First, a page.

President Barack Obama made history on Friday, as his administration announced that it would compel public schools to allow transgender students to use the restrooms that match their gender identities — the latest chapter in the chief executive's often-fraught history on LGBTQ rights.
A long and winding journey: Though he swept to power nearly eight years ago promising transformative change, the candidate who spoke of audacity and boldness refused to break with political convention on marriage equality, adhering to the standard Democratic position at the time: While he favored non-discrimination protections, open military service and civil unions for gays, he opposed allowing same-sex couples to marry.
Three years of concerted pressure — and a vice president who effectively forced his hand — led Obama to endorse marriage equality in 2012, although he disappointed many advocates by adhering to the position that the issue should be adjudicated state-by-state. The president completed his much-ballyhooed "evolution" on the issue in 2014, declaring that same-sex marriage ought to be recognized as a constitutional right nationwide.
The president's shift coincided with a cultural sea change on LGBTQ issues — exemplified by the greater visibility of LGBTQ people in the arts and entertainment, Americans' growing awareness of their LGBTQ friends and relatives and the literal passing away of those who held more traditional views on matters of sexual orientation and gender identity. That cultural transformation helped ease passage of the 2010 law allowing gays, lesbians and bisexuals to serve openly in the military and fostered widespread public support for Obama's executive actions cracking down on anti-LGBTQ employment discrimination by federal contractors.
A lasting legacy: Though many LGBTQ advocates' objectives — including federal legislation banning all workplace discrimination, open military service for transgender people and a sweeping law prohibiting bias in housing, public accommodations and commerce — remain unrealized, they're cheered by the shifts Obama has overseen.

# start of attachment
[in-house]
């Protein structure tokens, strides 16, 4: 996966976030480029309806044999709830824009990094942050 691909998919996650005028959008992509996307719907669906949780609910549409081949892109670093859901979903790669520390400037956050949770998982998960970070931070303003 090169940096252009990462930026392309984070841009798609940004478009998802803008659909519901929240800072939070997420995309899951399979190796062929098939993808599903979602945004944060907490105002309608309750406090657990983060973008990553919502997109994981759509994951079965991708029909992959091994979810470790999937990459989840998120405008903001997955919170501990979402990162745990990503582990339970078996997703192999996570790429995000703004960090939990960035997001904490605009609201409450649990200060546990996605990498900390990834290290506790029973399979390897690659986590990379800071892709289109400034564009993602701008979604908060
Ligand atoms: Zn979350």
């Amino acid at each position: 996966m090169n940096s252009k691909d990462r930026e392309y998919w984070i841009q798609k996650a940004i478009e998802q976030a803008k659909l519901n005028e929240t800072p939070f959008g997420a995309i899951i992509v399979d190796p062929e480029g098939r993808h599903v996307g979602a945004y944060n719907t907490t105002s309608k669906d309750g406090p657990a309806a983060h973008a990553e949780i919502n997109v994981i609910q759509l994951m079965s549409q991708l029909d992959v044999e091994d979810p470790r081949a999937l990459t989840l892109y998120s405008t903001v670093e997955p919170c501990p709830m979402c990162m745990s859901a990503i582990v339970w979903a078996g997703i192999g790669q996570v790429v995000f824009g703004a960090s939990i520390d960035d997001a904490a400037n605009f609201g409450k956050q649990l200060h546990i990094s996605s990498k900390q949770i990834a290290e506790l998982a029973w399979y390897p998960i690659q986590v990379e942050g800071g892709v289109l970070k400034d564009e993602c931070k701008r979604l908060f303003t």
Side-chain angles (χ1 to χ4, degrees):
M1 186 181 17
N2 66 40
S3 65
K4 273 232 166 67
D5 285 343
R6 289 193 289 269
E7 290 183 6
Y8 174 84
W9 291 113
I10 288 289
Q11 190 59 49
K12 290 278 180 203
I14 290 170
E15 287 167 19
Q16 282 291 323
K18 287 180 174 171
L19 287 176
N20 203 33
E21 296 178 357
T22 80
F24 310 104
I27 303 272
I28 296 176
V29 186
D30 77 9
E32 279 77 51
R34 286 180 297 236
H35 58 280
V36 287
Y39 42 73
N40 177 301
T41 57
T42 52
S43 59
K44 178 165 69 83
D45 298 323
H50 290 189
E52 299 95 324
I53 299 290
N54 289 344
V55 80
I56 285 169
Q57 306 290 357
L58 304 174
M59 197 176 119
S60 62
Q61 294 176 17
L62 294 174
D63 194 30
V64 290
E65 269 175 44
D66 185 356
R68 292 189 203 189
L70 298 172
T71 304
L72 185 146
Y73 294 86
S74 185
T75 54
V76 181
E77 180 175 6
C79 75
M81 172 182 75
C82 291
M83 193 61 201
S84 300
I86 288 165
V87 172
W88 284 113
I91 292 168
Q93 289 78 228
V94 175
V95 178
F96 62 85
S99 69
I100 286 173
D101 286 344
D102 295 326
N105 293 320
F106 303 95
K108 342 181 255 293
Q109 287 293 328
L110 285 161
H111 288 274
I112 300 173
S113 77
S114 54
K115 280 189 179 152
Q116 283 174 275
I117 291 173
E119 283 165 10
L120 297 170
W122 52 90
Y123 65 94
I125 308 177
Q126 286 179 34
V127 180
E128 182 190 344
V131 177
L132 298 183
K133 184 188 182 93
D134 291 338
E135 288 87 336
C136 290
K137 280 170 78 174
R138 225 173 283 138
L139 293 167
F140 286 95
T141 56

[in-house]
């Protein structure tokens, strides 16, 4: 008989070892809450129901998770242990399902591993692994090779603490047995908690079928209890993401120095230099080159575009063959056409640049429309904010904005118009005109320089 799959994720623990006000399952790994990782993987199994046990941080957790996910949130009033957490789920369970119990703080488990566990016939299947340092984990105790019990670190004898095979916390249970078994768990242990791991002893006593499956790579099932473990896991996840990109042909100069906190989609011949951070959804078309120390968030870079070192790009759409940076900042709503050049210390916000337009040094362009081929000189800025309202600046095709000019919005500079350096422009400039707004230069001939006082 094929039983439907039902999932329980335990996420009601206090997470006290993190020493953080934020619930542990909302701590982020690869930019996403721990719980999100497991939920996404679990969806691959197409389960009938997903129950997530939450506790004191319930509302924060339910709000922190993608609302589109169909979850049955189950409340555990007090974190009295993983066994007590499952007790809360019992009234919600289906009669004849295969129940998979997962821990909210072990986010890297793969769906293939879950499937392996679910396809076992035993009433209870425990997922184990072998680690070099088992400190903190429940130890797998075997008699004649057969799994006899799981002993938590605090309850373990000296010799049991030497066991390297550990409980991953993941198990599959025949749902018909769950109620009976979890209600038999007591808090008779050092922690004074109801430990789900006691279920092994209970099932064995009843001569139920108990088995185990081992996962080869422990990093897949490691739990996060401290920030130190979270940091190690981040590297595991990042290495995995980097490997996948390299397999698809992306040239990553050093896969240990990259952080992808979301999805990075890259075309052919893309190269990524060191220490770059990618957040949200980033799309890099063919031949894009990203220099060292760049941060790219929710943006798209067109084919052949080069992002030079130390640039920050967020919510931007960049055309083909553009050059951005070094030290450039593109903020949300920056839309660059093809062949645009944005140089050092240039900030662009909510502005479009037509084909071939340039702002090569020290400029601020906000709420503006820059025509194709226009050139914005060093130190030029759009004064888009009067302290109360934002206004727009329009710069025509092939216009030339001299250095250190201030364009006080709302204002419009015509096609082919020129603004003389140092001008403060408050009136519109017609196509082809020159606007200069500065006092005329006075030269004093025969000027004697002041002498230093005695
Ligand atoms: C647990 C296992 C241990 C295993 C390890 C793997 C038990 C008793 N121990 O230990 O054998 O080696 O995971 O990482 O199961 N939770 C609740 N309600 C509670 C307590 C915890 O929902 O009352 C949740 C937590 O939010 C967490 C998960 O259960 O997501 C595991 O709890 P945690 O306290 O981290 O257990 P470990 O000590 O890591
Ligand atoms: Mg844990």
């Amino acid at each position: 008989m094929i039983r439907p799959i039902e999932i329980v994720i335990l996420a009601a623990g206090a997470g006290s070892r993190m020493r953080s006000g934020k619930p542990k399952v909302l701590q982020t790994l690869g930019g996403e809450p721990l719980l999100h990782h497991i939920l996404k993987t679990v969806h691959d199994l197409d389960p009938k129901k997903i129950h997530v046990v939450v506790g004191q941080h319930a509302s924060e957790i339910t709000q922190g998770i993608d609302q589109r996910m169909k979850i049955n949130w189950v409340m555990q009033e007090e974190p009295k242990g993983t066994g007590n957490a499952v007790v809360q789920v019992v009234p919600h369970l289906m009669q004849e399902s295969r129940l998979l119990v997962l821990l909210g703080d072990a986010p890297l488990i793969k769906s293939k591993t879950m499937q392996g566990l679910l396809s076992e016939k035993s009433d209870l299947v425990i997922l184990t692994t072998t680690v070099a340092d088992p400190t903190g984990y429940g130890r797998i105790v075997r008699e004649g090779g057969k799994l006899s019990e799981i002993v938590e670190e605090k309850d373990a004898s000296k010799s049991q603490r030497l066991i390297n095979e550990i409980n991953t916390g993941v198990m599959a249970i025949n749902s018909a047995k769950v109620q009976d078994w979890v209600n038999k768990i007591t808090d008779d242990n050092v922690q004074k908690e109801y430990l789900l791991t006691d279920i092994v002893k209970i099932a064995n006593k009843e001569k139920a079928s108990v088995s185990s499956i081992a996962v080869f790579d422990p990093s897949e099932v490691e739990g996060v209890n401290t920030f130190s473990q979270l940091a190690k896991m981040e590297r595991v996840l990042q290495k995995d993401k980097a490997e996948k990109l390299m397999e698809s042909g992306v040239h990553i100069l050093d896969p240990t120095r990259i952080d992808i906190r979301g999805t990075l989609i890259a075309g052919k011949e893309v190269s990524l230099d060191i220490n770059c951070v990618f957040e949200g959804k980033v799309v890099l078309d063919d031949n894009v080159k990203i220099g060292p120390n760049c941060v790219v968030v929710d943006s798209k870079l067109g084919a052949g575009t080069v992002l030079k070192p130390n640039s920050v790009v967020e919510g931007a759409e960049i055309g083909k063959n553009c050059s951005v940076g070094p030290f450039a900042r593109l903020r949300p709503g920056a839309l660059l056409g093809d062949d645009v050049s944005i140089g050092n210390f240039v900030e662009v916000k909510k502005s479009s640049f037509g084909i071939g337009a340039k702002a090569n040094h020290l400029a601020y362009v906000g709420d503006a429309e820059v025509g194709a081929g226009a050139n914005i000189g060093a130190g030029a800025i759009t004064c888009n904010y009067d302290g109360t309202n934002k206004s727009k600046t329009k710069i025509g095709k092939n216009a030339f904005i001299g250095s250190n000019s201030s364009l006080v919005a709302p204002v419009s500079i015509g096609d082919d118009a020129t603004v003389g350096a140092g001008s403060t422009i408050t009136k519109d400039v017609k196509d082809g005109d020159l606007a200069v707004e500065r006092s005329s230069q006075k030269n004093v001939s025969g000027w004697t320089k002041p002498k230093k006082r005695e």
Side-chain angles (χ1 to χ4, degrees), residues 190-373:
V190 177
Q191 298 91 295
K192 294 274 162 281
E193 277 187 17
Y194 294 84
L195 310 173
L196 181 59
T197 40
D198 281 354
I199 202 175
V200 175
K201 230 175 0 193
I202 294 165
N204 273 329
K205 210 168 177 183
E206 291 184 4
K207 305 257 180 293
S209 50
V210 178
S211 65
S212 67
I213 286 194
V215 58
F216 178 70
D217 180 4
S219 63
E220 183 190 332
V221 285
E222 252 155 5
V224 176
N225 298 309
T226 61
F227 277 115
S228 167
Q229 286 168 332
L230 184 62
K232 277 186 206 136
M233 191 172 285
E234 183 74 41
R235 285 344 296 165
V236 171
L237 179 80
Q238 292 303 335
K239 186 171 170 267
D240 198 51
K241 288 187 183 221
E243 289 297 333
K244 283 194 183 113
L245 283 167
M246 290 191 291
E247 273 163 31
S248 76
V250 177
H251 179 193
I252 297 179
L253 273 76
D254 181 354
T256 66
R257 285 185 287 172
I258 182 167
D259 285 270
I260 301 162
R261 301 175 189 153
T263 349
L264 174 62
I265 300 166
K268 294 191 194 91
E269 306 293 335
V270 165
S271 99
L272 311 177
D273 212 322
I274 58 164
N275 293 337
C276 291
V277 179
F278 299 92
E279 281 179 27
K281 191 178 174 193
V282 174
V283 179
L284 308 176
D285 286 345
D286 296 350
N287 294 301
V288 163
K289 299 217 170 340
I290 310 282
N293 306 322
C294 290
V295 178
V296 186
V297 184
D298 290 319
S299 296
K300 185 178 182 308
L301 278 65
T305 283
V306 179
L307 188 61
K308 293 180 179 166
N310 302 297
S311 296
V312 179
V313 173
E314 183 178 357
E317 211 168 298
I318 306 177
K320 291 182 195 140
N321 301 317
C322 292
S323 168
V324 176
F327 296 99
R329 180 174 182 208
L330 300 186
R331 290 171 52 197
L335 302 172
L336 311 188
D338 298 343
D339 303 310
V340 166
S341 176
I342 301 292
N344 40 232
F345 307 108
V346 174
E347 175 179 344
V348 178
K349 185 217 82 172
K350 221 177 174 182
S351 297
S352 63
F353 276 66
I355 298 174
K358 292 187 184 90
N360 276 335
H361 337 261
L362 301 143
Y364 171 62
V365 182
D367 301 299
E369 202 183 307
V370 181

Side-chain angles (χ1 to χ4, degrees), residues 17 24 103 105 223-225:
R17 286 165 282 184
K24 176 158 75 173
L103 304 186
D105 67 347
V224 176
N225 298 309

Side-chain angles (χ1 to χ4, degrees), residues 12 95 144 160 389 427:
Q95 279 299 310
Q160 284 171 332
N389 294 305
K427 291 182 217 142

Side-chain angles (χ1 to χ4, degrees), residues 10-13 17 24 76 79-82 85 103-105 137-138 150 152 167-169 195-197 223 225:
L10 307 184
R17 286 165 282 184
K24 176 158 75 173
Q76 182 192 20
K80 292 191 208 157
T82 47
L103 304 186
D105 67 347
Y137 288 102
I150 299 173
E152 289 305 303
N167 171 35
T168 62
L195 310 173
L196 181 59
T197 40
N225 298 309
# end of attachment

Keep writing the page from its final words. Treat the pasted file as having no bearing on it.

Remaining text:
"The Obama admin has taken so many opportunities to ensure that LGBT people receive the basic protections that are needed under the law," Sarah Warbelow, the legal director at the Human Rights Campaign, said.
Warbelow cited administration measures such as "addressing housing discrimination, calling out and investigating conversion therapy, the pending [insurance] regulations which say that if you are an insurance provider you cannot discriminate against transgender people and the [Equal Employment Opportunity Commission] making the determination in 2012 that gender identity discrimination is a subset of sex discrimination."
And while Obama's policy legacy on matters like the Affordable Care Act, financial regulation and immigration reform remains fiercely contested, there's far more durability to the changes he's helped spur on LGBTQ issues.
Young Americans across party lines overwhelmingly support LGBTQ rights, for instance. And changes in public opinion — combined with substantial pressure from business interests — have led conservative Republican governors in South Dakota and Georgia to veto bills that would have, respectively, forced transgender students to use the restrooms of their assigned sex at birth and permitted individuals to deny services to LGBTQ people on religious liberty grounds.
Battles ahead: But Warbelow cautioned against complacency in the LGBTQ community.
As the raging battles over religious liberty protections and North Carolina's law restricting transgender restroom access attest, there's no small measure of resistance to LGBTQ rights. Warbelow also pointed to presumptive Republican presidential nominee Donald Trump's statement that he'd "strongly consider" appointing a Supreme Court justice who'd help overturn the court's ruling for nationwide marriage equality.
Yet Trump also embodies the cultural changes the country has witnessed on LGBTQ issues. The Manhattan billionaire voiced opposition to North Carolina's anti-transgender law, and while he's not in favor of the administration's directive on transgender restroom access in public schools, he opposes the measure based on states' rights grounds — not, for instance, based on debunked claims that such protections will make it easier for sexual predators to sneak into women's restrooms.
Trump has also promised that there will be continued "forward motion" on LGBTQ rights under his administration. But thanks to public opinion and the legacy of his would-be predecessor, a potential President Trump may have no other choice than to pursue that course.